To do that, the organizers brought a wide spectrum of speakers to talk to the group: The IDC’s Miri Eisin (former IDF colonel) speaking about narratives in the Israel-Palestinian conflict; a session with representatives of The Parents Circle-Families Forum, a group of Palestinian and Israeli bereaved families; a visit to Gush Etzion where they met with Cheryl Mandel from Alon Shvut, mother of fallen soldier LT. Daniel Mandel, and West Bank Arab resident Abu Akhmad; a lecture by right-wing advocate Elyakim Haetzni on Israel’s legal claim over the West Bank; and a talk with Yediot Aharonot war correspondent Tzadok Yechezkeli, who was critically wounded while covering the war in Georgia in 2008.
“The diverse lineup enabled the participants to understand that conflicts are not as simple as they seem – especially our conflict,” said Zaydi. “We tend to think we know the whole story when we really only know a fraction of it.”
German participant Vuller expressed a similar sentiment, professing to understand the conflict but hungry to learn more about it behind the headlines.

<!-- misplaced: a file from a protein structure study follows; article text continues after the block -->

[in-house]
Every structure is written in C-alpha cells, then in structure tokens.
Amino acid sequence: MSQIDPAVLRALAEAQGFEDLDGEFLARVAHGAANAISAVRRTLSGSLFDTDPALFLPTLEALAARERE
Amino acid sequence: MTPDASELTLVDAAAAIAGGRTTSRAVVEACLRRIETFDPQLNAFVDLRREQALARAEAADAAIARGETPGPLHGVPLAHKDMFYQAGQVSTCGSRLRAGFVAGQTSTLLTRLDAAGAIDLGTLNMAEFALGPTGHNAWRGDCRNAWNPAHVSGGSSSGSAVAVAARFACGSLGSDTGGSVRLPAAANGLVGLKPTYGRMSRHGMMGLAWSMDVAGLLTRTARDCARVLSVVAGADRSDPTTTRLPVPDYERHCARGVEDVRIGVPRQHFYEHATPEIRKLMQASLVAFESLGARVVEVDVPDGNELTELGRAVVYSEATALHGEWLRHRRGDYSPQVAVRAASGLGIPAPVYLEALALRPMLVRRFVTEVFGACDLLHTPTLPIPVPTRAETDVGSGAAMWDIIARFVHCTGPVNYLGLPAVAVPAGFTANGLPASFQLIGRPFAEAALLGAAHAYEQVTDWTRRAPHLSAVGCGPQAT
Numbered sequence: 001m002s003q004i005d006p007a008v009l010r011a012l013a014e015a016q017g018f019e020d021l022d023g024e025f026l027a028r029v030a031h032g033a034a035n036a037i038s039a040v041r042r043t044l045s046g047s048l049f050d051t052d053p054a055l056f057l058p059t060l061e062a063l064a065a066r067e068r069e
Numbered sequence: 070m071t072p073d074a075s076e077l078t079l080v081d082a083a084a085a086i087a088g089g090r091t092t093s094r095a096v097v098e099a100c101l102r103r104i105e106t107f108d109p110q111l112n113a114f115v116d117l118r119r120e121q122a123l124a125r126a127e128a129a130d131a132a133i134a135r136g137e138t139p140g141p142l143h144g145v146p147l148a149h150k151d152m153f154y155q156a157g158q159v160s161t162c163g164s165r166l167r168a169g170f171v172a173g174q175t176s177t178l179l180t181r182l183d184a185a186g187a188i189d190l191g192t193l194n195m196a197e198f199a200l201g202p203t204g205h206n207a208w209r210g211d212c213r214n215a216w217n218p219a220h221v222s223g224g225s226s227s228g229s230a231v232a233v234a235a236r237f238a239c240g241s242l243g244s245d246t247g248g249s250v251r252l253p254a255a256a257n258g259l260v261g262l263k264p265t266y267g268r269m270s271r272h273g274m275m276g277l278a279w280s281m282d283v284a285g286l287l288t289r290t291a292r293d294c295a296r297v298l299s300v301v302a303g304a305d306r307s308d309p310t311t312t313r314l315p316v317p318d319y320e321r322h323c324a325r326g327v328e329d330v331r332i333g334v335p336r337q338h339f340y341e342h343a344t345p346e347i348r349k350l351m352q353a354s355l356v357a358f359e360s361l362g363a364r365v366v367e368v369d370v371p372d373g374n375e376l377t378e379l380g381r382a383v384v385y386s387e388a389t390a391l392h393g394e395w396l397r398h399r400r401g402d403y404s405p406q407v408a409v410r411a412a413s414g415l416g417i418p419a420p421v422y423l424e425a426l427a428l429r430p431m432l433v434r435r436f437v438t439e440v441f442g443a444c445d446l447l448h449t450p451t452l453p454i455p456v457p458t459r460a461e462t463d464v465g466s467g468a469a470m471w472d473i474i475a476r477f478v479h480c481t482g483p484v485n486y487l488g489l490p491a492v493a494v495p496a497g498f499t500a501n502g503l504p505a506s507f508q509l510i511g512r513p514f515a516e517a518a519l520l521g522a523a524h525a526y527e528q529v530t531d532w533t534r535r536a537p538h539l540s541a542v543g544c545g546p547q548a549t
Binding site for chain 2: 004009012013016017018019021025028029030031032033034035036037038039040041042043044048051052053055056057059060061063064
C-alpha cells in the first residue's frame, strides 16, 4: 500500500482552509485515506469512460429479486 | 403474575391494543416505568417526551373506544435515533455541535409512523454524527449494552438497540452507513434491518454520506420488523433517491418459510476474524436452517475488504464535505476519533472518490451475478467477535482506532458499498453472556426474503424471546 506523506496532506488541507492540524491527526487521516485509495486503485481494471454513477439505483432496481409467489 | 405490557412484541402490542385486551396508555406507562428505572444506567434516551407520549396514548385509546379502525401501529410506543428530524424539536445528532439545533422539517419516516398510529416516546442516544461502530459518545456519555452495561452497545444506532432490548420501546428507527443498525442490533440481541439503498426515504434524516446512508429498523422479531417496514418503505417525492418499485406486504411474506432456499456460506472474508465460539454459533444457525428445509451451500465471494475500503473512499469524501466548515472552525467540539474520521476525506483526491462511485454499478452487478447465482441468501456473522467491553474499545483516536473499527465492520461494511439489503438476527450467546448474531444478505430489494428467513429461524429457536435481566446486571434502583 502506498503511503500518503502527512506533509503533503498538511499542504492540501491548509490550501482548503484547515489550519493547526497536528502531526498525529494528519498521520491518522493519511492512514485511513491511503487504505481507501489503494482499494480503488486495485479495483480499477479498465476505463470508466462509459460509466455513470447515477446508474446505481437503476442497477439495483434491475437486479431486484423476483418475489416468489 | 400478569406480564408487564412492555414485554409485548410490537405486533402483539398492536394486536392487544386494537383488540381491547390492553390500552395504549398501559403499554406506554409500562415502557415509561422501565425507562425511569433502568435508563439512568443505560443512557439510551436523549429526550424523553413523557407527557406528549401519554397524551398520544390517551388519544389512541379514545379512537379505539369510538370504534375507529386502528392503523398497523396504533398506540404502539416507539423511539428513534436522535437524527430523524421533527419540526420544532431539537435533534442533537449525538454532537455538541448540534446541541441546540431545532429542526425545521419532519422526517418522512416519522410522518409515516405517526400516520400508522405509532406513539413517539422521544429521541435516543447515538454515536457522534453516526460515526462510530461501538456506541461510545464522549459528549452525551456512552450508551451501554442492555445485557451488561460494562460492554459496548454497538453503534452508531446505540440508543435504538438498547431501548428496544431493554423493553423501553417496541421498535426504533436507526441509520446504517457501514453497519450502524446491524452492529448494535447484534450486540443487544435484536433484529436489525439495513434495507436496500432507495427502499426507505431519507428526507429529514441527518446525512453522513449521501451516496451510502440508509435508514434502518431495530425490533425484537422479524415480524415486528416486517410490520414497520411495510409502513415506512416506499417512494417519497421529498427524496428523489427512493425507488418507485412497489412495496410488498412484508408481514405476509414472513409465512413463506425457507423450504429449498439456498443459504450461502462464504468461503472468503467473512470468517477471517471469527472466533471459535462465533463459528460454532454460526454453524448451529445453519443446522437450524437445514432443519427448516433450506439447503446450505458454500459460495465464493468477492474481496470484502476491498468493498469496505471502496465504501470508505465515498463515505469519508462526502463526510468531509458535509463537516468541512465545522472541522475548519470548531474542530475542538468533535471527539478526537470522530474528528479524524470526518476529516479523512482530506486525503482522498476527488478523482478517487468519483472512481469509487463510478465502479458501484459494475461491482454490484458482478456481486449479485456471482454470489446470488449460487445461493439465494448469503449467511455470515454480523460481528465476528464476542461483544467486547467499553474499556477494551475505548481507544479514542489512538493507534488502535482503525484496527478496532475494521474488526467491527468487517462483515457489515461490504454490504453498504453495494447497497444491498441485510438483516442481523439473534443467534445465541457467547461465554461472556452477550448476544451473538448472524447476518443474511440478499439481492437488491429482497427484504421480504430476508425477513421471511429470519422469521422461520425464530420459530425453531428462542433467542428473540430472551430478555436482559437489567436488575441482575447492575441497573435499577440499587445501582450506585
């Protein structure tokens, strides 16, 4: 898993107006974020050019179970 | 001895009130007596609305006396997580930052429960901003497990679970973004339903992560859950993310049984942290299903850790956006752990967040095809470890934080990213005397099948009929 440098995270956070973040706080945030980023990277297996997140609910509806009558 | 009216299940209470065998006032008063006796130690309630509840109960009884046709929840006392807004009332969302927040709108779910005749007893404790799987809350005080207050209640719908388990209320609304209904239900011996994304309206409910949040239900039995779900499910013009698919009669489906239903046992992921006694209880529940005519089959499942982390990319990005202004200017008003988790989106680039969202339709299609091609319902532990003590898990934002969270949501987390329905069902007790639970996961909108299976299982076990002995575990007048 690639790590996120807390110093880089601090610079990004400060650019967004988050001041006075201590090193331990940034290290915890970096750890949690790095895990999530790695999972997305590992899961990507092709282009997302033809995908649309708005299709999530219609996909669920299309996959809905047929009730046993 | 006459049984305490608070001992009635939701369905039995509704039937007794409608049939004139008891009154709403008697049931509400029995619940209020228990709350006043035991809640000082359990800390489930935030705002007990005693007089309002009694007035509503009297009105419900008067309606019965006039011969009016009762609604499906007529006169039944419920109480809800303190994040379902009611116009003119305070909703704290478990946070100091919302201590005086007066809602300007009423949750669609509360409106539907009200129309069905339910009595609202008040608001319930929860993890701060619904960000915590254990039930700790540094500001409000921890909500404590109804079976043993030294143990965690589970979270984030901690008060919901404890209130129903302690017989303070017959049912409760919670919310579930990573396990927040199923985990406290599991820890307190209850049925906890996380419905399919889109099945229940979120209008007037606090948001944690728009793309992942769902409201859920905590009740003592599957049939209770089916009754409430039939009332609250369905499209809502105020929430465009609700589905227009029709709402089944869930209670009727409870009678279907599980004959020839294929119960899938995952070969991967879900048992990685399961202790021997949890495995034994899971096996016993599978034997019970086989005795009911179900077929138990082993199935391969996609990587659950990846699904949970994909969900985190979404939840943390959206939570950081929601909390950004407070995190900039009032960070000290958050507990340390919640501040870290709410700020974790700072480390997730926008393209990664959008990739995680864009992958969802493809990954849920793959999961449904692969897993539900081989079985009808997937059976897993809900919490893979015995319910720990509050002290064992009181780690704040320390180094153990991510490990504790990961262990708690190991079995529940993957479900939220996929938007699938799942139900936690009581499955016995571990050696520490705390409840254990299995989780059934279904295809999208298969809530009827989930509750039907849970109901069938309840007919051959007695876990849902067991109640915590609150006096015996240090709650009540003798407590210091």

“From the German perspective, the Israeli-Palestinian conflict is always present in the media but without much background most of the time,” he said. “As a journalist, I prefer to meet the people behind the story – that’s what I hoped the seminar would deliver, and so it did. For example, meeting with representatives from settlements contributed greatly to my personal understanding. I do not agree with their arguments, but it is very helpful to hear their stories.”
For the visiting journalists – who arrived from the US, Romania, France, Sweden, Turkey, Egypt and other spots around the globe – parachuting into the middle of the post-Gaza-war Israeli reality presented them with the opportunity to confront their preconceived notions about their views of the Israel-Palestinian conflict.
“One of the many things I liked and learned from the seminar was meeting normal citizens instead of public officials and discovering how different their views can be and how adamant they are about their opinions,” said Danny Tsai, a 25-year-old news editor for China Central Television in Beijing. “It made me realize how heavily our reports can shape our audience’s opinion, which can directly affect how the conflict develops, for worse or better. This reminds me how important it is to present a balanced and earnest report.”